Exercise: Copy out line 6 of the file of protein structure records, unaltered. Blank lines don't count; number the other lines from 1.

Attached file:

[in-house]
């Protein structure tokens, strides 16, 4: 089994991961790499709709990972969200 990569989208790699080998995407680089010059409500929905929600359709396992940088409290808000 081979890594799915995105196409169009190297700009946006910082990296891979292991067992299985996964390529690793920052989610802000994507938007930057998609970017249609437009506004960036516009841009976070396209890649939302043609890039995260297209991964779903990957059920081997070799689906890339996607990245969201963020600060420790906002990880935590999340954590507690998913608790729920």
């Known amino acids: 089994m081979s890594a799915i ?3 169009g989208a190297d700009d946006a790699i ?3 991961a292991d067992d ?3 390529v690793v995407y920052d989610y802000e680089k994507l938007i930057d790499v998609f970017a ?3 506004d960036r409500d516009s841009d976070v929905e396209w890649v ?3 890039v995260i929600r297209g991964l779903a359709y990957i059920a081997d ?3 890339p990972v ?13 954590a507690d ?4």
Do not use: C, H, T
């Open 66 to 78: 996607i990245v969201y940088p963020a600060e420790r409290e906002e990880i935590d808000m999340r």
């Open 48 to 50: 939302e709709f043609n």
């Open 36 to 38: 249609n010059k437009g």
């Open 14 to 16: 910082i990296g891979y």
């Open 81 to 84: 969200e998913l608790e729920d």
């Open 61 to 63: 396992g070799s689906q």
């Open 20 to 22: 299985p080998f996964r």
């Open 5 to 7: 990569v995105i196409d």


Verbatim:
């Open 48 to 50: 939302e709709f043609n």